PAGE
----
- Introduction to Nuremberg
- Brief History of Nuremberg
- Cultural and Geographic Overview
- Getting to Nuremberg
- Best Time to Visit
- Iconic Sites and Monuments
- Nuremberg Castle
- The Beautiful Fountain
- Nazi Party Rally Grounds
- Sebaldus Church
- Albrecht Dürer's House
- Museums and Cultural Stops
- German National Railway Museum
- Documentation Center Nazi Party Rally Grounds
- Toy Museum
- Germanisches Nationalmuseum
- Neues Museum Nürnberg
- Unique Experiences in Nuremberg
- Visit the Christmas Market - Christkindlesmarkt
- Taste the Famous Nuremberg Sausages
- Watch a Game of FC Nuremberg
- Walking Tour of the Medieval Nuremberg City Walls
- Shopping and Cuisine in Nuremberg
- Exploring Hauptmarkt - Nuremberg's Main Market
- Shopping in Karolinenstraße and Königstraße
- Enjoying Franconian Cuisine
- Sampling Nuremberg's Beer Specialties
- Recommended Itineraries
- One-day Itinerary
- Three-day Itinerary
- One-week Itinerary
- Family-friendly Itinerary
- Itinerary for History buffs
Introduction to Nuremberg
Brief History of Nuremberg
From the Holy Roman Empire to World War II, Nuremberg has history at every turn. Founded in the 11th century, this Bavarian city later became a residence of German kings, and was a cultural and scientific hub during the Renaissance. 20th-century Nuremberg is most known for Nazi rallies and the subsequent Nuremberg Trials. The city was severely damaged during the war but, like a phoenix, Nuremberg rose from its ashes and underwent remarkable reconstruction, maintaining its medieval charm.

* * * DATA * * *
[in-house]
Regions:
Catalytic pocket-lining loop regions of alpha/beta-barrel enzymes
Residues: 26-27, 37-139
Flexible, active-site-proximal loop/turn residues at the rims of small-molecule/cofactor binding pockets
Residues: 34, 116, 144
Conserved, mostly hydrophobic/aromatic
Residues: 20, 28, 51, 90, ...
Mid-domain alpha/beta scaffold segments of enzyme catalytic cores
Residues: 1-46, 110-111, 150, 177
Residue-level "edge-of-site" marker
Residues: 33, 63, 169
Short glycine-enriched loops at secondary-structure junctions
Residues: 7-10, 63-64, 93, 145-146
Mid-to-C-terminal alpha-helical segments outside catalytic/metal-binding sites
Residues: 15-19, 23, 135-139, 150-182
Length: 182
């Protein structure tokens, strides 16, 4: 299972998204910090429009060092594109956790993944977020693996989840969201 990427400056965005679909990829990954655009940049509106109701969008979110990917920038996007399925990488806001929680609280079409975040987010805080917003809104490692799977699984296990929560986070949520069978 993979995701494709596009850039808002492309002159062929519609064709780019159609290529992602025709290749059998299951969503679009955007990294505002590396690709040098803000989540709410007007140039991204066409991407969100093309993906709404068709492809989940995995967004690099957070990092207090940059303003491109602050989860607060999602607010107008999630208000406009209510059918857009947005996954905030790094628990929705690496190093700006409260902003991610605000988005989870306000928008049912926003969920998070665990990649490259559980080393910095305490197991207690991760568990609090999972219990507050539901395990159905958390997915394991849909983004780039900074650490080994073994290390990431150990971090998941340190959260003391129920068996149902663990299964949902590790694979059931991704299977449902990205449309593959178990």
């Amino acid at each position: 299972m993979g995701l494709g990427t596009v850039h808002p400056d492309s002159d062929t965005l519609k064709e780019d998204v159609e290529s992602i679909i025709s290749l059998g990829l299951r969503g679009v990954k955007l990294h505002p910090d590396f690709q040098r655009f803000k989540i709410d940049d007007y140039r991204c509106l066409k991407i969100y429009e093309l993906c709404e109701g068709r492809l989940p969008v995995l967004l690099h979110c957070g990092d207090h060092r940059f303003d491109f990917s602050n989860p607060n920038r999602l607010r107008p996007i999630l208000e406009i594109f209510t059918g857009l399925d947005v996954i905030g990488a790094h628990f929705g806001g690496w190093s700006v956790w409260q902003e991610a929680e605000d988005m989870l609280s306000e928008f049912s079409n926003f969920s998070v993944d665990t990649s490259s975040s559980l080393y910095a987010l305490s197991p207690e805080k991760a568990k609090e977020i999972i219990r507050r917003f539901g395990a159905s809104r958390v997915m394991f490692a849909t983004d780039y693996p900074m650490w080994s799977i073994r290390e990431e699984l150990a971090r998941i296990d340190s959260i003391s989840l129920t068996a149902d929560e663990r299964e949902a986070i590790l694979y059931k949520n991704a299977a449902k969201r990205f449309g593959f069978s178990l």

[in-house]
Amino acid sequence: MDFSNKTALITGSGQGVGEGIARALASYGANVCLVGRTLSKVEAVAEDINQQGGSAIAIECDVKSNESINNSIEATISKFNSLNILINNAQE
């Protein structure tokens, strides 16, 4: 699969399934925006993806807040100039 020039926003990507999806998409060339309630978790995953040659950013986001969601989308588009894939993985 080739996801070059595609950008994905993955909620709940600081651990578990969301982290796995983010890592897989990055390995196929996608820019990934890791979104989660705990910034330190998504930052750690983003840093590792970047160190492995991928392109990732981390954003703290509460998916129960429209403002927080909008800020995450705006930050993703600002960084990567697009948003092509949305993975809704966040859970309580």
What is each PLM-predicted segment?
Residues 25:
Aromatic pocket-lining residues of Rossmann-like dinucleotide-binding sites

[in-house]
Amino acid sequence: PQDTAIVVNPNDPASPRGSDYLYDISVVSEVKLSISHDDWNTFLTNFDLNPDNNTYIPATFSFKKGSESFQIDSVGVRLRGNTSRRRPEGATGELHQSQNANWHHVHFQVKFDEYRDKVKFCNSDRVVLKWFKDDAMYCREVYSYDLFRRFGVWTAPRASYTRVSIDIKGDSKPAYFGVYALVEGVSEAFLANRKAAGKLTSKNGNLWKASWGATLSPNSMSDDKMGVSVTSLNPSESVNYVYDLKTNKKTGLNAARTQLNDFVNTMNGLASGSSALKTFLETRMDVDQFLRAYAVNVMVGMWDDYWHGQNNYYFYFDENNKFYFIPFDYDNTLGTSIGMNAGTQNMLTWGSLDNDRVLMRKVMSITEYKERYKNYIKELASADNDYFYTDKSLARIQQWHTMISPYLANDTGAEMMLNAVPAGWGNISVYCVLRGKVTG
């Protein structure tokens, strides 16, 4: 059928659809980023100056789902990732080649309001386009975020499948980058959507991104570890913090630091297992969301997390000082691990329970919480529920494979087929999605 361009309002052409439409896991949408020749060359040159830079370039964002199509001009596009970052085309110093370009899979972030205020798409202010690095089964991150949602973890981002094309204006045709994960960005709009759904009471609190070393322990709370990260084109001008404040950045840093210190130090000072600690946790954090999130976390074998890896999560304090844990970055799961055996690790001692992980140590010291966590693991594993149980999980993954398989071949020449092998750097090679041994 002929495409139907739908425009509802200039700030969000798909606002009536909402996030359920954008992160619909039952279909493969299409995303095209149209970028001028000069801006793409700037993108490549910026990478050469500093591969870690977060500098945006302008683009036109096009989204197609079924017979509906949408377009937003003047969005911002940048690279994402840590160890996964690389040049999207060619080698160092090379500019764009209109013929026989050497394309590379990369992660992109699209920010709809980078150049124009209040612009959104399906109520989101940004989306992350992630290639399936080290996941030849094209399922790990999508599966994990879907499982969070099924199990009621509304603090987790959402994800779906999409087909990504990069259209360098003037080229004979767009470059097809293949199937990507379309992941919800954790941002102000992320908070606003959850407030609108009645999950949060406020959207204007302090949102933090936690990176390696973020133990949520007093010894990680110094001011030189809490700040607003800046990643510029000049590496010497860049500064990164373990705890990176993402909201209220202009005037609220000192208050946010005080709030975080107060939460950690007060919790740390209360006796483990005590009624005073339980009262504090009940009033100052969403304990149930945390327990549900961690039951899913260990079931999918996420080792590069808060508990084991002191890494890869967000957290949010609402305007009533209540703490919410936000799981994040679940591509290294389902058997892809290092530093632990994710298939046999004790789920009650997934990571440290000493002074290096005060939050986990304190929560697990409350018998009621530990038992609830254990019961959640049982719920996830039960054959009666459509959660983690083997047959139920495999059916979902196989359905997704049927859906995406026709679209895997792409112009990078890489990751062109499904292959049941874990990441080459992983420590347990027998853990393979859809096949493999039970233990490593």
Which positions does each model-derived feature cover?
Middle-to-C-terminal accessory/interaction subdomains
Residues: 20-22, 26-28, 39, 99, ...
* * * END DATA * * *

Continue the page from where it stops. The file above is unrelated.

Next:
Cultural and Geographic Overview
Nuremberg, a historic city in northern Bavaria, is renowned for its preserved medieval old town, encompassing Kaiserburg Castle, and its rich cultural heritage. Nestled 170 kilometers north of Munich, the city is also the second-largest in Bavaria. Culture enthusiasts are charmed by Nuremberg's wealth of museums, historical sites, such as the infamous WWII Nuremberg Trials Courtroom, and traditional arts like gingerbread baking. Its strategic position along Pegnitz river and the Rhine-Main-Danube Canal offers picturesque views, enhancing the city's overall allure.
Getting to Nuremberg
Getting to Nuremberg is convenient thanks to a well-connected infrastructure. The Albrecht Dürer Airport features direct flights from major European destinations and is just 20 minutes away from the city center via subway line U2. Travelers can also reach Nuremberg by rail, as the city's central station hosts numerous high-speed ICE trains from different parts of Germany. If you prefer road travel, multiple autobahns (A3, A6, A9, and A73) lead to Nuremberg, making car or bus travel hassle-free.
Best Time to Visit
The best time to visit Nuremberg varies depending on your preferred activities. Spring, from late May to early June, offers blooming landscapes and pleasant weather, perfect for outdoor pursuits. If you're a fan of Christmas markets, winter is the ideal time. The city is beautifully lit up and the market buzzes with activity. However, it's also colder, so dress warm. For fewer crowds, opt for the shoulder seasons of early spring and late autumn. Temperatures during these periods can range from crisp to warm, offering a genuine taste of the city's varying climates.
Iconic Sites and Monuments